Thursday, April 15, 2010
Once defined by heavy-industry and blue-collar masses, Pittsburgh now hosts the fifth most educated young workforce in the United States, a distinction that groups the city with such bastions of erudition as Boston, San Francisco, and Washington, D.C., according to a recent report in the Pittsburgh Economic Quarterly published by the University of Pittsburgh's University Center for Social and Urban Research (UCSUR)
The blog story is at http://www.scienceblog.com/cms/pittsburghs-young-workforce-among-top-5-most-educated-us.html and the UCSUR report is at www.ucsur.pitt.edu/files/peq/peq_2010-03.pdf .
We will also be putting out a press release later with even more details and quotes. Expect to see an emphasis on the scholarly and research implications of the acquisition. I’m no Ph.D., but it boggles my mind to think what we might be able to learn about ourselves and the world around us from this wealth of data. And I’m certain we’ll learn things that none of us now can even possibly conceive.
Just a few examples of important tweets in the past few years include the first-ever tweet from Twitter co-founder Jack Dorsey (http://twitter.com/jack/status/20), President Obama’s tweet about winning the 2008 election (http://twitter.com/barackobama/status/992176676), and a set of two tweets from a photojournalist who was arrested in Egypt and then freed because of a series of events set into motion by his use of Twitter (http://twitter.com/jamesbuck/status/786571964) and (http://twitter.com/jamesbuck/status/787167620).
So I wonder what the metadata for the following tweet would be (collected just moments ago):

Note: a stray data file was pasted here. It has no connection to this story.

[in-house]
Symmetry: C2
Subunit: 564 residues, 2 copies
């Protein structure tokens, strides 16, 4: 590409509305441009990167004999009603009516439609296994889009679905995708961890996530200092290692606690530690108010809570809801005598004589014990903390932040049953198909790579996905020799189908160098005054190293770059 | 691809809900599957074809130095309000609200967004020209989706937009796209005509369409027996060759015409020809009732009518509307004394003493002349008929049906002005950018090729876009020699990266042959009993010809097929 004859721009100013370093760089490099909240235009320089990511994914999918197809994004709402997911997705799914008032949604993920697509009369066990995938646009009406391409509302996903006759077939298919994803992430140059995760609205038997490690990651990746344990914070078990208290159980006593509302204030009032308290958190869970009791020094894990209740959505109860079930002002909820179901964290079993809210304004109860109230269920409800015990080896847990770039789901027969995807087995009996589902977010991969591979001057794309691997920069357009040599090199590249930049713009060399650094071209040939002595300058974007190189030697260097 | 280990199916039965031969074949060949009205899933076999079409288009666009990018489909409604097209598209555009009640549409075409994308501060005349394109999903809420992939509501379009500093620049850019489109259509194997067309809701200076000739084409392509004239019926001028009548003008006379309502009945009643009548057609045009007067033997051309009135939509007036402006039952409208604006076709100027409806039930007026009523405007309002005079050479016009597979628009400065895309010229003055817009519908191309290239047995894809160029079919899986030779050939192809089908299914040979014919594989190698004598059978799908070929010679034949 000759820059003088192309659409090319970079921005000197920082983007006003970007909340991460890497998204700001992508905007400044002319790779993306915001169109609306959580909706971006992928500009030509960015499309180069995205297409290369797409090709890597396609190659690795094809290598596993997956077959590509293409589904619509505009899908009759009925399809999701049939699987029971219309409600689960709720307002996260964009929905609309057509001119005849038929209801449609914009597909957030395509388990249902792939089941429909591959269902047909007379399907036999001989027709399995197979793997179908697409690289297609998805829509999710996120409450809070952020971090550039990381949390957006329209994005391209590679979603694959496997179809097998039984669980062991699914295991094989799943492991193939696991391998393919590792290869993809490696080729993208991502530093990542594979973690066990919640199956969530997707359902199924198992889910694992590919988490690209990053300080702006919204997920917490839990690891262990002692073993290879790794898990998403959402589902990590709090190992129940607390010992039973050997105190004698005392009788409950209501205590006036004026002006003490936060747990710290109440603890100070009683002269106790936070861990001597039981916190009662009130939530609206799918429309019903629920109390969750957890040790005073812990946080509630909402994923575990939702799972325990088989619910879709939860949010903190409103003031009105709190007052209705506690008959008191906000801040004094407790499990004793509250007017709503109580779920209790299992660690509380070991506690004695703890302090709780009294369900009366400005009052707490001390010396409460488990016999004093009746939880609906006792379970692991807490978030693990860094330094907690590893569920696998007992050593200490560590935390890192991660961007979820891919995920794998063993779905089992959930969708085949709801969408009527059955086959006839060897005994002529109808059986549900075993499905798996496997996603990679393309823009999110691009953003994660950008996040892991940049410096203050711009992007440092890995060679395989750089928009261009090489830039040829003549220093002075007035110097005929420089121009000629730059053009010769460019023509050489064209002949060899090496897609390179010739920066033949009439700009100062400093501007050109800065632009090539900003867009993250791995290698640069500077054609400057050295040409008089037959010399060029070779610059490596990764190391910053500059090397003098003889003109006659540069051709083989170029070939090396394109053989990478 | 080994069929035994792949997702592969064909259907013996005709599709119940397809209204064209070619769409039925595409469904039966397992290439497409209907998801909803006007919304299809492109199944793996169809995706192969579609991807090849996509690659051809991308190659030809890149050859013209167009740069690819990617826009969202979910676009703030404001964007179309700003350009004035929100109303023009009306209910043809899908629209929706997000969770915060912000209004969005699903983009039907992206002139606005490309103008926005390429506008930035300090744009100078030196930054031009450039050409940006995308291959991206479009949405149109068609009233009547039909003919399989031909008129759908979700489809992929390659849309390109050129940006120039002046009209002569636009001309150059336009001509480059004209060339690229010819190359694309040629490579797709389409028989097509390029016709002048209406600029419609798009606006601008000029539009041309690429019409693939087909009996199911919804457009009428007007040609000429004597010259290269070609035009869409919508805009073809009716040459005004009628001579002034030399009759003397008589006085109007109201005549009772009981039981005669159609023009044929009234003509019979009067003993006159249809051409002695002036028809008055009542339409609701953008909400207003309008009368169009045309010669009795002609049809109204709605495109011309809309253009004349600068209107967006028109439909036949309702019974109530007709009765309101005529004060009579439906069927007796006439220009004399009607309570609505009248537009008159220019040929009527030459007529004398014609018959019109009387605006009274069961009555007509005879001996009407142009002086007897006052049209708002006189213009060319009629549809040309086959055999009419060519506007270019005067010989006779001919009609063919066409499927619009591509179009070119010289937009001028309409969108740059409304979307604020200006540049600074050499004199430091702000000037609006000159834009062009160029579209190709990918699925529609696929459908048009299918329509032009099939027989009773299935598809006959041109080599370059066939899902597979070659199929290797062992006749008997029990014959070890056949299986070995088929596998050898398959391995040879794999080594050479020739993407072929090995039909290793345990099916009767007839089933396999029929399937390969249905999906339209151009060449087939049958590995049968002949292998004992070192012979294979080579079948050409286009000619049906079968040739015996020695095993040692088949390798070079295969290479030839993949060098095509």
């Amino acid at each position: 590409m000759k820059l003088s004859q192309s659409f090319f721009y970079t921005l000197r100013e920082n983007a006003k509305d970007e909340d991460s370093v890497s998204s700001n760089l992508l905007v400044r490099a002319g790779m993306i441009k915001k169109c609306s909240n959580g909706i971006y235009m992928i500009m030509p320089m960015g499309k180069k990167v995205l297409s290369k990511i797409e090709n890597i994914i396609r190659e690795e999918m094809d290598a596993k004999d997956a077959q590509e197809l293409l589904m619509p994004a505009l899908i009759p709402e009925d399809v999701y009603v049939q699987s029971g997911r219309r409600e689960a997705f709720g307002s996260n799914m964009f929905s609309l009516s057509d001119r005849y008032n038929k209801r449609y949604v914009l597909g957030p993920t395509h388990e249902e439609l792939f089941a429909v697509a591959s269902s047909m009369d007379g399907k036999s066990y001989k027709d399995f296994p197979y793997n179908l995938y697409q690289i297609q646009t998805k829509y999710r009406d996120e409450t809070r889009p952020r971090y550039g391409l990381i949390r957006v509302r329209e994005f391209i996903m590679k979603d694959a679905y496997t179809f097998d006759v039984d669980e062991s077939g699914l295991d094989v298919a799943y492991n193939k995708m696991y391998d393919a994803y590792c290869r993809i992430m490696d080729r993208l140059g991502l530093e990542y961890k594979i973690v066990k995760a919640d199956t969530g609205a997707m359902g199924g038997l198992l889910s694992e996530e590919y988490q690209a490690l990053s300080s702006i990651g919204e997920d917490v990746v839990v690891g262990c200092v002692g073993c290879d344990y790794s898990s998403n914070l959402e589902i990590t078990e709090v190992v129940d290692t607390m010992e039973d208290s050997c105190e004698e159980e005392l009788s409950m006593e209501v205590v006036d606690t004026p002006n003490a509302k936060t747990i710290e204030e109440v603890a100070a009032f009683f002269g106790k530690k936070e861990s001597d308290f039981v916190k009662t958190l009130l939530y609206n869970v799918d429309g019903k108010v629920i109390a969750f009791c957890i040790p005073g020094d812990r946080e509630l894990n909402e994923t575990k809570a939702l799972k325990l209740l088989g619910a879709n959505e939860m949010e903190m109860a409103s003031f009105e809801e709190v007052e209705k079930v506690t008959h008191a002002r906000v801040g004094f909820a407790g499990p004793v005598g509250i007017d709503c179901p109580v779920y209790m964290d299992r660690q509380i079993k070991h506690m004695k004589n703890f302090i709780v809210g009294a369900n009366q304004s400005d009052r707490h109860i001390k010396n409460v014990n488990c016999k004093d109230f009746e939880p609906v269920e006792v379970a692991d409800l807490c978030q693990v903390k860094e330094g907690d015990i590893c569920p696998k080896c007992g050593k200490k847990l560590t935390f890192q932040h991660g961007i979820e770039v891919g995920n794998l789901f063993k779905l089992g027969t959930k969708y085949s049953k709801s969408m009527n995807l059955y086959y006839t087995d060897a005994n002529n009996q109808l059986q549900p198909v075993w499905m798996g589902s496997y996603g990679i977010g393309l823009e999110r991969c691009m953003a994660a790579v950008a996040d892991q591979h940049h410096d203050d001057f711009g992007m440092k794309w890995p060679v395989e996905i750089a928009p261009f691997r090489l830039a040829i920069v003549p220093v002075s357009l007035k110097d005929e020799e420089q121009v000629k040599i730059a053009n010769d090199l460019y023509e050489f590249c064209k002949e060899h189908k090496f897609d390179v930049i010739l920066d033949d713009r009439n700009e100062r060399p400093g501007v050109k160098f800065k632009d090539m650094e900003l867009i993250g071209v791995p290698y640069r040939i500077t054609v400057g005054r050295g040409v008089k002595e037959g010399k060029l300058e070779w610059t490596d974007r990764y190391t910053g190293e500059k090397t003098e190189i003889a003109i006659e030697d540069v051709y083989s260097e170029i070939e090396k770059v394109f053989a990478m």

"All Time Low didtngin gr2 ABG..?! Ogah ah dtg..(tp, klo diksh gratis jg gpp..hehe)"
Monday, April 12, 2010
Thursday, April 08, 2010
While at times you feel as if you are lumbering through the vast landscape painted by Castells, you also discover interesting and insightful assessments worth the effort. Here are some examples. Castells is always careful to keep the historical background of the present network society in view: “Media concentration is not new. History is full of examples of oligopolistic control over communication media, including the priesthood’s control of clay-stylus writing, the Church’s control of the Latin Bible, the chartering of the presses, government mail systems, and military semaphore networks, among others. Wherever we look across history and geography, there is a close association between the concentration of power and the concentration of communication media” (p. 74). Castells’s command of a vast array of studies and other evidence enables him to make interesting assertions about the role and implications of communication technologies: “Because mobile phones enable people to be perpetually networked, anytime, anywhere, explosions of anger felt at the individual level have the potential of developing into an insurgent community by the instant networking of many different individuals who are united in their frustration, though not necessarily united around a common position or solution to the perceived unjust source of domination. Because wireless communication builds on networks of shared practices, it is the appropriate communications technology for the spontaneous formation of communities of practice engaged in resistance to domination; that is, instant insurgent communities” (p. 363).